In order to avert the social and cultural entropy that is currently lurking about the continent, we need a new kind of thinking orchestrated by a new set of individuals – the African child. This is the best hope that Africa has. The Soviet leader Vladimir Lenin once said “give me four years to teach the children and the seed I have sown will never be uprooted”. This quote best explains why we need to implant the idea of greatness and impossibility in the psyche of the African child. The African child needs to know that his/her progress is not limited by the progress of others, but rather is an opportunity for him/her to show their own uniqueness. We must cure ourselves of all mental/psychological inhibitions. The average African is way too lazy to think, not to mention act. This culture of intellectual stupor is what our mental renaissance must change. If the old generation couldn’t do it, then the least they can do is to support this mental rebirth in the younger generations.
Propitiously, the 21st century African child is filled with so much potential. We’ve undoubtedly seen many agents of social change and new generation of visionary leaders emerging from the current generation. The only thing that is standing in the way of our progress and development is us and the way we see ourselves as a people. The way we allow the opinions of other races of the world to sink too easily into our cerebral hemispheres, and determine the way we act. We need a rebirth in the way we think, act, live, talk, and deal with ourselves and our challenges.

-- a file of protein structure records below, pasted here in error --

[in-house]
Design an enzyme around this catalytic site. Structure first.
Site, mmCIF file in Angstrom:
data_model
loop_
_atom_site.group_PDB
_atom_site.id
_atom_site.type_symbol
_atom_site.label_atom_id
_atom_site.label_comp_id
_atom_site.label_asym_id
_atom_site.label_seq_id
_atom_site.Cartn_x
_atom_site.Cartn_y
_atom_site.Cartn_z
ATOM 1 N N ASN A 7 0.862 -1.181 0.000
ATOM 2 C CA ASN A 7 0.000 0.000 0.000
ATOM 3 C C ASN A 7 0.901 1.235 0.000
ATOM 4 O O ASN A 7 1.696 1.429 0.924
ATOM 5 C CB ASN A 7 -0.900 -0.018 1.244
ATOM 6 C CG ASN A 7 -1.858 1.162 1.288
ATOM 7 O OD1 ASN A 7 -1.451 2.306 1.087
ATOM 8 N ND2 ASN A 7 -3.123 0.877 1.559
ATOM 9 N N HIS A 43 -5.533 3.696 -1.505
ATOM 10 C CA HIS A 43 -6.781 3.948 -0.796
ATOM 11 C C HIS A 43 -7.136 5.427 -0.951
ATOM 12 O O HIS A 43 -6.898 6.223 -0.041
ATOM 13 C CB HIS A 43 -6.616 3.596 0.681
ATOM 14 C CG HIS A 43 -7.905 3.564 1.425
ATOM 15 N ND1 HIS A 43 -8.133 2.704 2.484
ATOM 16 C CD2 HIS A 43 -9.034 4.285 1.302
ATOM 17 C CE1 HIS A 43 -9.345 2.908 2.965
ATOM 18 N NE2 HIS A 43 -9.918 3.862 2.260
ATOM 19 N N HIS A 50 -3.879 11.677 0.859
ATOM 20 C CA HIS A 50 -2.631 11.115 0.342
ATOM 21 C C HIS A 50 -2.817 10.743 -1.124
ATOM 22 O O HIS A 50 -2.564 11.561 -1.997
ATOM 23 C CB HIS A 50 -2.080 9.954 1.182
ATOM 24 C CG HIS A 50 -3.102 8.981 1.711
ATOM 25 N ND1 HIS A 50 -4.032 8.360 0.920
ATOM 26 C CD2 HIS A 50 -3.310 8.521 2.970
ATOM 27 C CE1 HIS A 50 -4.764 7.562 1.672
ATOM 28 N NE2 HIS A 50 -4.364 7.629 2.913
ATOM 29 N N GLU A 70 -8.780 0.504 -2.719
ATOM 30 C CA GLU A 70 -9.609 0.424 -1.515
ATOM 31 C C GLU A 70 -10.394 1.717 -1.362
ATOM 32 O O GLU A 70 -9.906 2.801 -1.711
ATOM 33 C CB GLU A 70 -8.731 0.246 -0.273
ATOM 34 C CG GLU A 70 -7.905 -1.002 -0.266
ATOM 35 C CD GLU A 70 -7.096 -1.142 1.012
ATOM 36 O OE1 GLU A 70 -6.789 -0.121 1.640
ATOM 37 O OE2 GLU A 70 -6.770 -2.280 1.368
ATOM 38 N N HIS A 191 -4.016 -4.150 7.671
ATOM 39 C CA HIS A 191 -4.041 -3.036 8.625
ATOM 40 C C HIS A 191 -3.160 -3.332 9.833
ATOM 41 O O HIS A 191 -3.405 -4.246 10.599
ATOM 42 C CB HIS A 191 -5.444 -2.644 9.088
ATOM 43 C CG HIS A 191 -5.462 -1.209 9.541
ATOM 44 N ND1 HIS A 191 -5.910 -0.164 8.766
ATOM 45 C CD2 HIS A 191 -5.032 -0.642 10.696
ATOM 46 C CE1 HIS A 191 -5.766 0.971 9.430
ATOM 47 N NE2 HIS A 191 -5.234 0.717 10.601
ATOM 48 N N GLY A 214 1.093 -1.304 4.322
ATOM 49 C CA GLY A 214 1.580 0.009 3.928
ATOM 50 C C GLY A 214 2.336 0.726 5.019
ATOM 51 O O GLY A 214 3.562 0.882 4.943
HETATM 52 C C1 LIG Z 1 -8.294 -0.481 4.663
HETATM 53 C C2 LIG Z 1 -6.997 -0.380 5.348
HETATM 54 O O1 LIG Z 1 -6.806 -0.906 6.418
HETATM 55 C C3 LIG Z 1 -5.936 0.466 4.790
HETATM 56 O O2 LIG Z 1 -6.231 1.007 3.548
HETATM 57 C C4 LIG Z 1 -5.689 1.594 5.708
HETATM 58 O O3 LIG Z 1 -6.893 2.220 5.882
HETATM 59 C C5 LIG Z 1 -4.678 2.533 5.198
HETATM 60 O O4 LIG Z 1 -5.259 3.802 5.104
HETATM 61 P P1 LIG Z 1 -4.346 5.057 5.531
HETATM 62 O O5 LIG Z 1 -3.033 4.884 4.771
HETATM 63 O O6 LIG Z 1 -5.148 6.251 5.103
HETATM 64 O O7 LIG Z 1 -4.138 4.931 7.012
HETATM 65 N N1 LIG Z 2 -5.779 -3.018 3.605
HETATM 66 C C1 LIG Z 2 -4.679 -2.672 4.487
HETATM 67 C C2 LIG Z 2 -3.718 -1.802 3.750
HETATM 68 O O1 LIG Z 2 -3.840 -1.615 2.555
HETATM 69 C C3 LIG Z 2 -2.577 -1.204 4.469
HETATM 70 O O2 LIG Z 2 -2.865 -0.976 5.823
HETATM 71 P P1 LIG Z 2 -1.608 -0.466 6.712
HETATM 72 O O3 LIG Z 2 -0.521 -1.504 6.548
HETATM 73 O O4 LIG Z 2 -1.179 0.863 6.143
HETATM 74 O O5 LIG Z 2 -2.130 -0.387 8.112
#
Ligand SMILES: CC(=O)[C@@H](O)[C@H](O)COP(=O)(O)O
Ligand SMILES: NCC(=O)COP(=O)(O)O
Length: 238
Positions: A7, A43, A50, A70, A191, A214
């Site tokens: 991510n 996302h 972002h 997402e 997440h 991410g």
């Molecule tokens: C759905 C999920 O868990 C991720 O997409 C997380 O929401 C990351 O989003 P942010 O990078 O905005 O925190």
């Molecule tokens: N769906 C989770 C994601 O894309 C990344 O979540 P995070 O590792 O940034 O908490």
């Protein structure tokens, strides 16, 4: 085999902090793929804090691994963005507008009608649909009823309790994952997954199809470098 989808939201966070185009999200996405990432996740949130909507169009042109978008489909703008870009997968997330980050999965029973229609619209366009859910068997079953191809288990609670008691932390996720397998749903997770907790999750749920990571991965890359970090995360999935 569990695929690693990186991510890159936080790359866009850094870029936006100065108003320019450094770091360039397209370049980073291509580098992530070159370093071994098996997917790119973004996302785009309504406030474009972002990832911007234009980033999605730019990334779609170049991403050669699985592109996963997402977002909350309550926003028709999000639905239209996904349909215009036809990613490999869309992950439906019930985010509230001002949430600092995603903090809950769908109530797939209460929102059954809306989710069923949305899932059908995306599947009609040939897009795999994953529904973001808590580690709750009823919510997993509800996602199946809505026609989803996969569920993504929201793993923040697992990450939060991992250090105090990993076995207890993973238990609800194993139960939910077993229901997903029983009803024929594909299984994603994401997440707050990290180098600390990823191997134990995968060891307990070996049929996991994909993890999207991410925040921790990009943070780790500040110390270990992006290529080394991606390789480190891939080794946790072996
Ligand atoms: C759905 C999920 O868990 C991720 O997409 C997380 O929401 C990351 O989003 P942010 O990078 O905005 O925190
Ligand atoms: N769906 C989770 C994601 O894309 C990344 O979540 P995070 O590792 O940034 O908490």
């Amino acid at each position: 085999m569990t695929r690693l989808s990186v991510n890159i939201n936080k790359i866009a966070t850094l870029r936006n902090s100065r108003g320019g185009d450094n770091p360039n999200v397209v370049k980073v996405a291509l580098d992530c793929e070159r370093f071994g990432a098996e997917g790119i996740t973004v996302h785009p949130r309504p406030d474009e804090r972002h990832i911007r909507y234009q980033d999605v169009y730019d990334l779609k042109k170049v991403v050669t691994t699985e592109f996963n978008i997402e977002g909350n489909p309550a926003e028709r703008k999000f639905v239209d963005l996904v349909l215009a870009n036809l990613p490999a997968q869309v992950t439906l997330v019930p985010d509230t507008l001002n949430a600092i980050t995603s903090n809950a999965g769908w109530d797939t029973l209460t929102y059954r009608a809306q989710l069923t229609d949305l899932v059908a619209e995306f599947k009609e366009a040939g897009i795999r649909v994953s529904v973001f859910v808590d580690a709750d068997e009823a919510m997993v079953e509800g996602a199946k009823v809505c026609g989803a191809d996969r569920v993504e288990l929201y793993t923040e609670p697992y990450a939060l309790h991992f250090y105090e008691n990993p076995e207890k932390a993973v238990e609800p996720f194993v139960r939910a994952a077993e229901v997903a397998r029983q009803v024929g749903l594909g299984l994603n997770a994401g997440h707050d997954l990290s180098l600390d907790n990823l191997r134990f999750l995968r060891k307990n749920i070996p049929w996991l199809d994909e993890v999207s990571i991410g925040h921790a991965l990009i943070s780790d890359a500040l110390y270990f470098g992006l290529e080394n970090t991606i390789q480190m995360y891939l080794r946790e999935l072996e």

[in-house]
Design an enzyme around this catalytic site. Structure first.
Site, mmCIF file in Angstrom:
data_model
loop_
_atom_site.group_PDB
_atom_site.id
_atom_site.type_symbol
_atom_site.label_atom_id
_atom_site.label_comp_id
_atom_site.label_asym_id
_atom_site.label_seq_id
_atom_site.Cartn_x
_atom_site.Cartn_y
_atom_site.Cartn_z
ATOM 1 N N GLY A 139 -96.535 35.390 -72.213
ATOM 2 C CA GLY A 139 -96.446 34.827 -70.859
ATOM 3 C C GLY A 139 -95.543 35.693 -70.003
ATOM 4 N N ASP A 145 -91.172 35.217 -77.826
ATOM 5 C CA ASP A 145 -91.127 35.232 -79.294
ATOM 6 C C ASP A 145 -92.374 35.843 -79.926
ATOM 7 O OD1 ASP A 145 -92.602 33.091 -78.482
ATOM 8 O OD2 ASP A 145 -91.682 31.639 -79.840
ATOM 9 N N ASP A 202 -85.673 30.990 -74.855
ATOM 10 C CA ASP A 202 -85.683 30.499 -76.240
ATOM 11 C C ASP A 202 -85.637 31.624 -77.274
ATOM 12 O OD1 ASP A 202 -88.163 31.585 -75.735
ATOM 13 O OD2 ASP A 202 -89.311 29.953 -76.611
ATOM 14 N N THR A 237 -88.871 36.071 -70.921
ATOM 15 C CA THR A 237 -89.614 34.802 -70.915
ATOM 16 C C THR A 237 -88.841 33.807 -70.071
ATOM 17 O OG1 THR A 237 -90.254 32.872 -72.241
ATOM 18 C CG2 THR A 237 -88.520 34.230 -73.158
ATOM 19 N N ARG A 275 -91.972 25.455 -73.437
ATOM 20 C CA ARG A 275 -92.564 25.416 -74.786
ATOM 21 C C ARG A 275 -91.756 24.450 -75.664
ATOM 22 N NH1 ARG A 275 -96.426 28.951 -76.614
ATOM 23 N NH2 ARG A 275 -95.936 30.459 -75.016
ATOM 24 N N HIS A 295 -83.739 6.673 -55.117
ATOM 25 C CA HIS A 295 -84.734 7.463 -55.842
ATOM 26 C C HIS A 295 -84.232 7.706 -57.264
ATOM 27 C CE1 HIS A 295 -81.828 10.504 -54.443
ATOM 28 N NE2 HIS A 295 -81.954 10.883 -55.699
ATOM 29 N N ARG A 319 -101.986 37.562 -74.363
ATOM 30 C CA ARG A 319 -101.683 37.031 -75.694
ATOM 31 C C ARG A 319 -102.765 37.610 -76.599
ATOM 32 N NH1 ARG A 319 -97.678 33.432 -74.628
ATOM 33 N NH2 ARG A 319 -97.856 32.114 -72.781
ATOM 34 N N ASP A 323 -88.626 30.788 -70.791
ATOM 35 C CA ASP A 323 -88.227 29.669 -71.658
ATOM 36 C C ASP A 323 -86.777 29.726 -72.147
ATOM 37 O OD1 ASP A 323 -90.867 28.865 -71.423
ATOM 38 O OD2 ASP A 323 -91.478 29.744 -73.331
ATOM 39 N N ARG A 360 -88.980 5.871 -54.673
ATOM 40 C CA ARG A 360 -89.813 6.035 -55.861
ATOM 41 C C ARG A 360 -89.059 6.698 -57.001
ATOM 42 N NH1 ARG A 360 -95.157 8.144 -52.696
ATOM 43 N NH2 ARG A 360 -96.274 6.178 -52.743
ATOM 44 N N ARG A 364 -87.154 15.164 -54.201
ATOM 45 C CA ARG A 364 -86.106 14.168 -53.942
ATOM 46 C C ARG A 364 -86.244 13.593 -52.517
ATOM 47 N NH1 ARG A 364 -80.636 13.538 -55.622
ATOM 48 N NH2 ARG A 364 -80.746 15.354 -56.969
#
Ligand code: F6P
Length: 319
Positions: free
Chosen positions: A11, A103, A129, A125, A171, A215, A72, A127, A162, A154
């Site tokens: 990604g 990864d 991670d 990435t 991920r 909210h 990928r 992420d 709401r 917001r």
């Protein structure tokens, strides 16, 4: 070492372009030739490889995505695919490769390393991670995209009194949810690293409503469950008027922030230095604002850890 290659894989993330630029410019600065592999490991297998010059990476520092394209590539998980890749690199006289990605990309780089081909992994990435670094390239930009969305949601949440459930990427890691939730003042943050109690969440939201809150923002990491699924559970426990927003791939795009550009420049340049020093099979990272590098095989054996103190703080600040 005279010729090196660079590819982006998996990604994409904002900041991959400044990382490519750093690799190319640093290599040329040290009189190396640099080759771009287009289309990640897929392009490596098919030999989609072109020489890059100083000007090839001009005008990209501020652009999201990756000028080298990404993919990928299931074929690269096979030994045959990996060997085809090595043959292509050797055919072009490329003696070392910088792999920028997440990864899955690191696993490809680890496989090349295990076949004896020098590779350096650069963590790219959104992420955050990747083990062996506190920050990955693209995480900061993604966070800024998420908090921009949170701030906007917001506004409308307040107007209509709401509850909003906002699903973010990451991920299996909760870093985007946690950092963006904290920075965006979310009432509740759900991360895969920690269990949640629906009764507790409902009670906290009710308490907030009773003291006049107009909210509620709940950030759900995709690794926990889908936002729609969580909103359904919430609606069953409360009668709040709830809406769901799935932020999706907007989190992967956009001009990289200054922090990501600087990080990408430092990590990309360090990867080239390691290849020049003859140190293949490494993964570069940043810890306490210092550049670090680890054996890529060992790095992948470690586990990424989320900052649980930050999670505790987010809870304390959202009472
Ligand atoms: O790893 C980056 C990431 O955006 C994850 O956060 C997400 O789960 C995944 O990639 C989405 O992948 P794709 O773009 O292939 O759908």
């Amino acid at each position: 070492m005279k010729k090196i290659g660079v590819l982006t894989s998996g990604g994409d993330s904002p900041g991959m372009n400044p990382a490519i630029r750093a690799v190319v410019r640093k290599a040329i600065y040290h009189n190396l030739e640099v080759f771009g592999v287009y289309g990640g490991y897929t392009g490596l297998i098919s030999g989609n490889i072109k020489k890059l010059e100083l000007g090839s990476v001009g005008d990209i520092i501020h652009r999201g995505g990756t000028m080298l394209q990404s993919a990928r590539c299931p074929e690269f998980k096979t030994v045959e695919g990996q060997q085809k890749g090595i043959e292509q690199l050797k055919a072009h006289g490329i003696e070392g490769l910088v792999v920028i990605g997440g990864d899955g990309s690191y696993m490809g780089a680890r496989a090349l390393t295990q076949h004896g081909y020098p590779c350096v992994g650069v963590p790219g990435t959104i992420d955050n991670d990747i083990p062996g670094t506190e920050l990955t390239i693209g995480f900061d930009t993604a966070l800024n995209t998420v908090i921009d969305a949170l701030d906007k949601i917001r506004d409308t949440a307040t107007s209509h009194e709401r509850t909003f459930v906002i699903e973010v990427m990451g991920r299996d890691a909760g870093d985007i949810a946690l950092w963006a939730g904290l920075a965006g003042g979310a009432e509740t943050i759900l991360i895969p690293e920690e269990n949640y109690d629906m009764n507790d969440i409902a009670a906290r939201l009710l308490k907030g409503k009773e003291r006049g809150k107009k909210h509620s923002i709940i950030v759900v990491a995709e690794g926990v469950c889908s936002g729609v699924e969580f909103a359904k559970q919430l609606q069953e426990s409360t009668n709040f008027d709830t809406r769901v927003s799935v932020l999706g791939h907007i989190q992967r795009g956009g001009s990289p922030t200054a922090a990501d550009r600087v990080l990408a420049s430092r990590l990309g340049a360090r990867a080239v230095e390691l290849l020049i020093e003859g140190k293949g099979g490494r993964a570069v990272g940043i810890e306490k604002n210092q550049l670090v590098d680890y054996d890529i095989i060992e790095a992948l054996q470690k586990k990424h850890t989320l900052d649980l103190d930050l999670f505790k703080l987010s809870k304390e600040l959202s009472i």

Knowledge in the Baconian parlance is power. The African child must be made to know the value of knowledge, both of his/her culture, race, history, past and present.
It is a lugubrious reality that with so much means available to garner knowledge at this technological age and improve upon ourselves as a continent and our existential lot as a race; people have imbibed the culture of intellectual stupor. Ingenuity has become an antique form of art and curiosity is associated with madness in the contemporary conformist society. Ululations of lampoons have become the public cocoon of the creative and the intellectually dexterous, leaving the avalanche of our society at the mercy of retrogressive progression and conformity.
Africa has a great future, maybe even great enough to become the seat of global government. But the actualization of this potential and the reality of this dream lie in what we are doing today to achieve that goal. Currently, we are not doing enough; or to be blunt, we are doing nothing when compared to what others are doing to achieve such ambitions. Nonetheless, I’ll like to submit by saying that no dream is too big, nor distance too far to be reached, if we sow the seeds of believe and action, not just in our own minds but also in the minds of those around us and our generations unborn as we work together to bring about our deserved future.
Benism Philosophy Series